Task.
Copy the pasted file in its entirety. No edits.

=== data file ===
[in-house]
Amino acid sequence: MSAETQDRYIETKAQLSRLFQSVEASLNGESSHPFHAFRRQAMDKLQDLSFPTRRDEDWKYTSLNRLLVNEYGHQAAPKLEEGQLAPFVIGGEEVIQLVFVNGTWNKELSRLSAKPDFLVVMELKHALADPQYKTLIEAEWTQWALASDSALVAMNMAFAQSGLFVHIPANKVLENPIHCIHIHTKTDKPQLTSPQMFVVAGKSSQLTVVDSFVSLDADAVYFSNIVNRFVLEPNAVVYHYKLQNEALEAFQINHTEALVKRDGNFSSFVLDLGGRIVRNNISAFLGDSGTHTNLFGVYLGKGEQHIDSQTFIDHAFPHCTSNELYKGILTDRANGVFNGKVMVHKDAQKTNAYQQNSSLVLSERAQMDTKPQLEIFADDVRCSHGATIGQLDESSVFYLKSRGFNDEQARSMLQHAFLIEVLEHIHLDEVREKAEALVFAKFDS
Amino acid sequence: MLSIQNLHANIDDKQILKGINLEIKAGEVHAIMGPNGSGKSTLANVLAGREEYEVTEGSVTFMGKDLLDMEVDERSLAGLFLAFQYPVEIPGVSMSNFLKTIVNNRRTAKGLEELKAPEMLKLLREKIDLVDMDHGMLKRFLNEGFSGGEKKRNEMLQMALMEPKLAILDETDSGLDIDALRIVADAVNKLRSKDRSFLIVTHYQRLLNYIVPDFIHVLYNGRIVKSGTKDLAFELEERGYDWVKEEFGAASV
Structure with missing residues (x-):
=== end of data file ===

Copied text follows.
[in-house]
Amino acid sequence: MSAETQDRYIETKAQLSRLFQSVEASLNGESSHPFHAFRRQAMDKLQDLSFPTRRDEDWKYTSLNRLLVNEYGHQAAPKLEEGQLAPFVIGGEEVIQLVFVNGTWNKELSRLSAKPDFLVVMELKHALADPQYKTLIEAEWTQWALASDSALVAMNMAFAQSGLFVHIPANKVLENPIHCIHIHTKTDKPQLTSPQMFVVAGKSSQLTVVDSFVSLDADAVYFSNIVNRFVLEPNAVVYHYKLQNEALEAFQINHTEALVKRDGNFSSFVLDLGGRIVRNNISAFLGDSGTHTNLFGVYLGKGEQHIDSQTFIDHAFPHCTSNELYKGILTDRANGVFNGKVMVHKDAQKTNAYQQNSSLVLSERAQMDTKPQLEIFADDVRCSHGATIGQLDESSVFYLKSRGFNDEQARSMLQHAFLIEVLEHIHLDEVREKAEALVFAKFDS
Amino acid sequence: MLSIQNLHANIDDKQILKGINLEIKAGEVHAIMGPNGSGKSTLANVLAGREEYEVTEGSVTFMGKDLLDMEVDERSLAGLFLAFQYPVEIPGVSMSNFLKTIVNNRRTAKGLEELKAPEMLKLLREKIDLVDMDHGMLKRFLNEGFSGGEKKRNEMLQMALMEPKLAILDETDSGLDIDALRIVADAVNKLRSKDRSFLIVTHYQRLLNYIVPDFIHVLYNGRIVKSGTKDLAFELEERGYDWVKEEFGAASV
Structure with missing residues (x-):